Six Factors That Can Improve Condenser Performance

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As the second highest energy consuming component of your refrigeration system, condensers are also one of the most critical elements. Knowing how to optimize your condenser can increase operational performance while reducing energy usage and maintenance costs.

These six factors can improve your condenser’s performance:

  1. Freeze protection — In cold climates, if water remains in a condenser and it is exposed to the elements, it can freeze. Freeze protection consists of one or more 10-15 kW water heating elements in each condenser. Remote sump tanks are often installed to prevent recirculating drain water from freezing. When switching from wet to dry operation using an evaporative condenser, a remote sump tank can also eliminate the need to drain water from the basin.
  2. Water treatment — Water within a condenser must be treated to avoid scale buildup and bacterial growth as we discussed in last month’s blog post on water treatment (will provide link when it posts). This typically involves adding chemicals to a remote sump tank, which is the easiest to maintain in one central location. Tubing can be utilized to route the chemicals to individual condensers if necessary. Condensers must remove water at a rate proportional to the evaporated water to limit the concentration of dissolved solids and other chemicals. Correct water treatment may lower the required rate of water drainage, minimizing the chemicals drained.
  3. Hybrid wet / dry coils — These products reduce the need to use water to wet the coils during cooler months. This results in water conservation, reduced pump power and the need for chemical drainage, which all lead to increased efficiency.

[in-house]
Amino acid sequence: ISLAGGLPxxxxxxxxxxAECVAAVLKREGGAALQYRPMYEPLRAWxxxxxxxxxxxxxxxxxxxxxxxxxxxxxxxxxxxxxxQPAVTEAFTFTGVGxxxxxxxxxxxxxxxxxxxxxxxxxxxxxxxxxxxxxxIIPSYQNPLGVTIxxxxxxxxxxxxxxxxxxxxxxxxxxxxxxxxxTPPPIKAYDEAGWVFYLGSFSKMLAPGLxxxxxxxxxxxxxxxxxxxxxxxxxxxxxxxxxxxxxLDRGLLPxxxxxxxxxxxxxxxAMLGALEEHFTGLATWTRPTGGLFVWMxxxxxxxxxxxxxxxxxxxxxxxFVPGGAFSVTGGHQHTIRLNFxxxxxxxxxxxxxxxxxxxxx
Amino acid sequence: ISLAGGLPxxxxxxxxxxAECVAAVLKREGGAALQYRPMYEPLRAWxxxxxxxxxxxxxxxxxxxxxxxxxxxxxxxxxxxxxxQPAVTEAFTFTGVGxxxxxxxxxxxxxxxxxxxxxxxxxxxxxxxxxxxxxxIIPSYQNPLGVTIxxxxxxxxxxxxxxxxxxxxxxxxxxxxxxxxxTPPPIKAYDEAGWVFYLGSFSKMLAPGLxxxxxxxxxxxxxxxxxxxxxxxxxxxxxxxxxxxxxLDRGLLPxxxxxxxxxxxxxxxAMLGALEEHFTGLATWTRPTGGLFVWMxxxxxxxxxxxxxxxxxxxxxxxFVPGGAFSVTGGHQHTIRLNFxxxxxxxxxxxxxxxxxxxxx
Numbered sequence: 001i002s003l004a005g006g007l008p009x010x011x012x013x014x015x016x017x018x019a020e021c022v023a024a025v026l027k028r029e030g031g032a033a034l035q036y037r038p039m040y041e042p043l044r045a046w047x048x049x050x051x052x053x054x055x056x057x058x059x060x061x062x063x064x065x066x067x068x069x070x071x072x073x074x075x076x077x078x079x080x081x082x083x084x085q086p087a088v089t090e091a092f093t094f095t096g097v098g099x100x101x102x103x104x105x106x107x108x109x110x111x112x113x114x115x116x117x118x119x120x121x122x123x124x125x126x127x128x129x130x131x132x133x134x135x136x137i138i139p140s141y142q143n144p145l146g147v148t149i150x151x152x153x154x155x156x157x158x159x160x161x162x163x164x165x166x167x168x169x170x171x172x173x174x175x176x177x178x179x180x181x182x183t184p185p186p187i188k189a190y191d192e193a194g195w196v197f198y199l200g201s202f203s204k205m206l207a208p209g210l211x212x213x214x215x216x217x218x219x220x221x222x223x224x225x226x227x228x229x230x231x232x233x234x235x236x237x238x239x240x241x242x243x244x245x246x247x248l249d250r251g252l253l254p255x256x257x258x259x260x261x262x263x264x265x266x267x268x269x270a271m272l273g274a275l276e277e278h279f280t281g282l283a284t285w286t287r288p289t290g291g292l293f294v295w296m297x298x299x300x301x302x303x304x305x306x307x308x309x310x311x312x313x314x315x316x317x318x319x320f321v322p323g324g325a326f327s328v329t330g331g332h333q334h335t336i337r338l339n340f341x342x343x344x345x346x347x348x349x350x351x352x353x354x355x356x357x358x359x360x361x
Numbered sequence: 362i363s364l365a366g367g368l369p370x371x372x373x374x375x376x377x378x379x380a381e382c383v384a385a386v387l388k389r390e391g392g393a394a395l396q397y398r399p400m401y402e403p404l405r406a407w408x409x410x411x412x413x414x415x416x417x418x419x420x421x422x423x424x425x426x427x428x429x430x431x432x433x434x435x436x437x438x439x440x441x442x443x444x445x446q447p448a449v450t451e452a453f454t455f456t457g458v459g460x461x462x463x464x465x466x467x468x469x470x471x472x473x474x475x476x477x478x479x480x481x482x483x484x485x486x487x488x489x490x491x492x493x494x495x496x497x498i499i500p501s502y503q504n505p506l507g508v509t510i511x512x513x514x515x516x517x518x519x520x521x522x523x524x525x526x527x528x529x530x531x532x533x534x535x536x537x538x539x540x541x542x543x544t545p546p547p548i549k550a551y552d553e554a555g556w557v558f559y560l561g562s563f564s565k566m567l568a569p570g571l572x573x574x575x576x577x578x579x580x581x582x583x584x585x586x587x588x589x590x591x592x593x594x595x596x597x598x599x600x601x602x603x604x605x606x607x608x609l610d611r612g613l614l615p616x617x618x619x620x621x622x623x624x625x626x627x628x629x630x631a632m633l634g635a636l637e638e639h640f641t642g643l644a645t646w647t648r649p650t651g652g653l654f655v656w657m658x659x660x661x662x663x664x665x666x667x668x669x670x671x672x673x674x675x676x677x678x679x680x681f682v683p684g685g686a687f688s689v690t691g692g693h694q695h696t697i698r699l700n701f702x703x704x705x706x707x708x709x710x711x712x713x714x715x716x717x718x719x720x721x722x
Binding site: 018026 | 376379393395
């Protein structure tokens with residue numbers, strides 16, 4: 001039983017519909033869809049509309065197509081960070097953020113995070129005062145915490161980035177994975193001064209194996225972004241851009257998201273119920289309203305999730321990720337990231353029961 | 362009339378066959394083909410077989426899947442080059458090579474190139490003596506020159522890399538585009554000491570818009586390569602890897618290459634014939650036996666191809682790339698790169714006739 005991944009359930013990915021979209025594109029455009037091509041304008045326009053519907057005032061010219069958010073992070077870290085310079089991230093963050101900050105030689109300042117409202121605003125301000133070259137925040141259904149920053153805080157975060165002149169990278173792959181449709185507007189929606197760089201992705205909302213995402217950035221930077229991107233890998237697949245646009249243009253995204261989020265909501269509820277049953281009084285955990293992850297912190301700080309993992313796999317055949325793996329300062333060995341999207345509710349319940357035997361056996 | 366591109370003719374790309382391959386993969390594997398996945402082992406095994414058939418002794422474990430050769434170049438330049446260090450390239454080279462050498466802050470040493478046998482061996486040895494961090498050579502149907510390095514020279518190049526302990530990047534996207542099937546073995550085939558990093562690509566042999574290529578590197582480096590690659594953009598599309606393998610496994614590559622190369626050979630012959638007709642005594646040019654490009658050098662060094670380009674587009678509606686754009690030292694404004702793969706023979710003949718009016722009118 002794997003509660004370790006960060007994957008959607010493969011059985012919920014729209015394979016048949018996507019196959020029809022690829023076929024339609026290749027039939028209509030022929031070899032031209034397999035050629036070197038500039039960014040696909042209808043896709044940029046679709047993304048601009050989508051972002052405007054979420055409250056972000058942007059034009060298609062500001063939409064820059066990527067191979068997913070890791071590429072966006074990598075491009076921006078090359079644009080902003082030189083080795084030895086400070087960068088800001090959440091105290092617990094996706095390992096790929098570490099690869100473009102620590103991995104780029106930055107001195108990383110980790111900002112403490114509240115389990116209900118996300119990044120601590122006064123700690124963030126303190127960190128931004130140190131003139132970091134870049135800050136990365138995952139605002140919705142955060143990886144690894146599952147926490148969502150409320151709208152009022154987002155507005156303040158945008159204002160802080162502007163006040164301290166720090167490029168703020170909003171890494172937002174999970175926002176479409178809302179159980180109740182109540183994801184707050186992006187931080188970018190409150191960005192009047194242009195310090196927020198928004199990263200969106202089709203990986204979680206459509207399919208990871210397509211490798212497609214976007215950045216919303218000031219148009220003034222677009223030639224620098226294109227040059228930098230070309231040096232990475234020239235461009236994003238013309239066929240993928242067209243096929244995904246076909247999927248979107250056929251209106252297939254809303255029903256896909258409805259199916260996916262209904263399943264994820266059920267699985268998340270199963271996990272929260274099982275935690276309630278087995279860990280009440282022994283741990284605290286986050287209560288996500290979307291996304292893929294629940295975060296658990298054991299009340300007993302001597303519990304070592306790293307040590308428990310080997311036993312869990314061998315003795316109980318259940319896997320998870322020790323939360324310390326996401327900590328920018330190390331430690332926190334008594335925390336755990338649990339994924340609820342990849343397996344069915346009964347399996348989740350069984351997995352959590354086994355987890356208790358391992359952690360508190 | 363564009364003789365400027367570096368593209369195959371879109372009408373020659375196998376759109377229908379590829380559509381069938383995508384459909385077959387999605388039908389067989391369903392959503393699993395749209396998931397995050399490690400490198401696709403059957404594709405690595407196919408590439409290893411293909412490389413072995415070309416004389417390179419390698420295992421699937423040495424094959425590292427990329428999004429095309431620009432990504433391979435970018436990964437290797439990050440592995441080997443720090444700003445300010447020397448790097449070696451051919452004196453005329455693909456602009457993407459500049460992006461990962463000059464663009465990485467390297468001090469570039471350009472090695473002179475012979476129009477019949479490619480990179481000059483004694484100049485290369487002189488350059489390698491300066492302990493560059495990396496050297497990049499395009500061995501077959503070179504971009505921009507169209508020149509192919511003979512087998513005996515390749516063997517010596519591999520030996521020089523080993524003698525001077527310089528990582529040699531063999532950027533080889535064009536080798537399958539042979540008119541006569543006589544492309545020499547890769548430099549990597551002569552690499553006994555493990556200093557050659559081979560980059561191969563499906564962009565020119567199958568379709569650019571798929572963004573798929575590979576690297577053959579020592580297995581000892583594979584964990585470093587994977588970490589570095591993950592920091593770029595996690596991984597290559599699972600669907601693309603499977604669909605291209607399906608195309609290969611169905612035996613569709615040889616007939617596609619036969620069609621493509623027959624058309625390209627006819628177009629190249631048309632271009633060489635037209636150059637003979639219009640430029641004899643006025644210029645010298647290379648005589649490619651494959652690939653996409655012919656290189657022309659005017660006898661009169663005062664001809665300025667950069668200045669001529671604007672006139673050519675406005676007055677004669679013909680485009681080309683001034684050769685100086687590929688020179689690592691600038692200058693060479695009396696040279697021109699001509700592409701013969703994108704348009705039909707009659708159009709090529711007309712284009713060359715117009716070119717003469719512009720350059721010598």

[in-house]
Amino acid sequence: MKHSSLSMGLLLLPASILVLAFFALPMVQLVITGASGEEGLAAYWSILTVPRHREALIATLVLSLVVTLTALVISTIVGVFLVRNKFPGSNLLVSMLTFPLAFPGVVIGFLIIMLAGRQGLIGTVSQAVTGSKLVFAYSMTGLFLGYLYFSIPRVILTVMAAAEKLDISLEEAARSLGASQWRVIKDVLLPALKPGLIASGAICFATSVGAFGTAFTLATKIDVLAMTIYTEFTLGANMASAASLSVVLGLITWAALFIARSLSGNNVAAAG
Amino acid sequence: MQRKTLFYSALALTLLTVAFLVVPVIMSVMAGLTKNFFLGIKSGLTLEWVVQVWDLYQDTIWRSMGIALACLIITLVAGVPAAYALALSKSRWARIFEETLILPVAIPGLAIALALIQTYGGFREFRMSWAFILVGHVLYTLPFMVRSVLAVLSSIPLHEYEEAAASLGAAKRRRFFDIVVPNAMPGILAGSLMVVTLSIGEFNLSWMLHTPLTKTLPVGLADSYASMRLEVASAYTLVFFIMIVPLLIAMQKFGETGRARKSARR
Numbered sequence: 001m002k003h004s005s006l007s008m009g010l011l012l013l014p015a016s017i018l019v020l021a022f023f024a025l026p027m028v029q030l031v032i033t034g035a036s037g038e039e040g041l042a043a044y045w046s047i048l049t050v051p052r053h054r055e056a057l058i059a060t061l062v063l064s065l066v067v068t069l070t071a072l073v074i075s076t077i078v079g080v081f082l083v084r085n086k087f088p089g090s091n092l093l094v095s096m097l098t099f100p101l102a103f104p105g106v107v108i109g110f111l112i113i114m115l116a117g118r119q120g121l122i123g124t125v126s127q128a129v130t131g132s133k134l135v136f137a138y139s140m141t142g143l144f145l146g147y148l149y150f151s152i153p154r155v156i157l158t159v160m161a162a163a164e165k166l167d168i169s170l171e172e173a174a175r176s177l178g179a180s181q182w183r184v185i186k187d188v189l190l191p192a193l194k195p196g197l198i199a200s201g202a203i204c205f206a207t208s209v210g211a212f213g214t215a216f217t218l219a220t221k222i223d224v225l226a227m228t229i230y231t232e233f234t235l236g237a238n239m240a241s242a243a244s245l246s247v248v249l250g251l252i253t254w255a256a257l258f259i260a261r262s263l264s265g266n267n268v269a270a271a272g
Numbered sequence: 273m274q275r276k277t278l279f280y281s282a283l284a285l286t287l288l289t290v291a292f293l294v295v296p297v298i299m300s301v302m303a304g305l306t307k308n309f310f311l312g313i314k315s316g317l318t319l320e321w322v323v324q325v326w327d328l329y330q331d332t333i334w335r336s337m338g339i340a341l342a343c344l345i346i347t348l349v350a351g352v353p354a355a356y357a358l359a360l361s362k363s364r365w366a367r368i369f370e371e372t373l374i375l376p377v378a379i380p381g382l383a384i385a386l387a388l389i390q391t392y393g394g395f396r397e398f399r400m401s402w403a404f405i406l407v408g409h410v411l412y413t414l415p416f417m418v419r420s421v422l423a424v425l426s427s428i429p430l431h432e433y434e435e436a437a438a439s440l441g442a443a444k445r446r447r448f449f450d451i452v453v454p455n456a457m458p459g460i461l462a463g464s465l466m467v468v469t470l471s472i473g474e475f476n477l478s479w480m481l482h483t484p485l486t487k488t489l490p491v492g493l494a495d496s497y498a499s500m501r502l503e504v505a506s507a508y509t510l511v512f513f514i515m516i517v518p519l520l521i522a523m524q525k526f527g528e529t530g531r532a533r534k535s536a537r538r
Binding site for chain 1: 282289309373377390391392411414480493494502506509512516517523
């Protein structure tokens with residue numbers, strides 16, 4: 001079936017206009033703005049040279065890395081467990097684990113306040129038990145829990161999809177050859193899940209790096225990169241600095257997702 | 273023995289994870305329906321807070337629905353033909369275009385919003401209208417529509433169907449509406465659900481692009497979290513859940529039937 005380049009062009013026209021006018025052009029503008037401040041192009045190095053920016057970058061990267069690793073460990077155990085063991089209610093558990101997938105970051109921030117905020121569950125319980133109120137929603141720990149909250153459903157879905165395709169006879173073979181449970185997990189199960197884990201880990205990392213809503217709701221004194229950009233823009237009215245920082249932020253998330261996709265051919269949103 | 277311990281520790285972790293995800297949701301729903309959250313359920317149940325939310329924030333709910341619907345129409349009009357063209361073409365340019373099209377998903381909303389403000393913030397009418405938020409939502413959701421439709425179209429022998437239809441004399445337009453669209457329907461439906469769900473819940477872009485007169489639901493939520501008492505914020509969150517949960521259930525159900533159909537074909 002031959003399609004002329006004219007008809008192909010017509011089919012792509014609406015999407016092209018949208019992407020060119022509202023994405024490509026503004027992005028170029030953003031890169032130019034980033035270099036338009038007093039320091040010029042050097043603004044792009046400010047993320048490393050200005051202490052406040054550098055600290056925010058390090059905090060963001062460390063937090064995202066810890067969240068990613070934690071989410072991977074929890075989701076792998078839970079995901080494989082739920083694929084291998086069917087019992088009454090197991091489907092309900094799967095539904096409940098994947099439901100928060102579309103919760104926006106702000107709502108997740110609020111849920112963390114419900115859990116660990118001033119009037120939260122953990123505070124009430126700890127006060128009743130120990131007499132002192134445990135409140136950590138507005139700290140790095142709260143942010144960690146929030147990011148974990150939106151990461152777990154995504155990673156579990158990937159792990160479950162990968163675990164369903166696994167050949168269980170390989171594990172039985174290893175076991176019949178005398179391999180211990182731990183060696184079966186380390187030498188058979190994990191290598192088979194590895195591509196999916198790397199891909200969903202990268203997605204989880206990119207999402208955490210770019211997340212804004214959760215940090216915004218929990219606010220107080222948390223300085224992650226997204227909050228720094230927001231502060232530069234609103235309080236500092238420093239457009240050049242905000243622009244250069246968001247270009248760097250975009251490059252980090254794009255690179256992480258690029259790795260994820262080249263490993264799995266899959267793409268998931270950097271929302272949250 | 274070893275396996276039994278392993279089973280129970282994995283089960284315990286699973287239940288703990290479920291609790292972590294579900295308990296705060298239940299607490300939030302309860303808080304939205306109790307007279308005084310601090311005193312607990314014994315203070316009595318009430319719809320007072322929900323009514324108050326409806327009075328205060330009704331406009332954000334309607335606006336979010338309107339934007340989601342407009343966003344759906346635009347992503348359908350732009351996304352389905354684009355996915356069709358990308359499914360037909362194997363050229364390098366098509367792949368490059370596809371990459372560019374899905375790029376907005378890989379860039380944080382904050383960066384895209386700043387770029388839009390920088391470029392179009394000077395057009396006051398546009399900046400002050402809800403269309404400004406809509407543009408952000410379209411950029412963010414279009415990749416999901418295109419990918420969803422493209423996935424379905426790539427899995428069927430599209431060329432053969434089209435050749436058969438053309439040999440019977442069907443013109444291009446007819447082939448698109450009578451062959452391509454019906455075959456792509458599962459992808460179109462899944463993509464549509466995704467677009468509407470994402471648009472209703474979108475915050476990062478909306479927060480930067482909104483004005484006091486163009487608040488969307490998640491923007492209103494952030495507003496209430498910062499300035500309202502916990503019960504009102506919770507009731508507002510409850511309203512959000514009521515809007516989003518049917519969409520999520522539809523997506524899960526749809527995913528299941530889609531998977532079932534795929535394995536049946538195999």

4. Air-cooled condensers — While rare in large refrigeration systems, these are an option to eliminate the requirement for water in evaporative condensers. Air-cooled condensers have higher horsepower fans and run higher discharge pressure, but do not use water. These condensers do require more power usage, but the water savings may offset the additional energy costs.
  5. VFDs — Adding variable frequency drives (VFDs) to condenser fans has several advantages and will give better condensing pressure control, which can smooth system operation. VFDs are used to lower off-peak fan power usage. Condensers need to be sized for peak loads, meaning for all loads except for a few peak conditions when they are oversized. Reducing the fan speed to match the capacity will give considerable horsepower savings.  As fan speed drops, power consumption drops by the cube of fan speed (50 percent fan speed = 12.5 percent fan power).
  6. Purging of non-condensable gasses —Any gas, such as nitrogen or air, that won’t condense at the required temperature reduces the refrigerant concentration and partial pressure, as well as the effectiveness of the condenser coil. Total head pressure must then be increased to maintain a given refrigerant condensing temperature, creating more work for compressors. Equipment that pulls vapor from condensers to collect non-condensable gasses can be purged to safely remove these gasses from the system.

 

If you’d like to learn more ways to improve your condenser’s performance, email me at scunningham@stellar.net.

 

 

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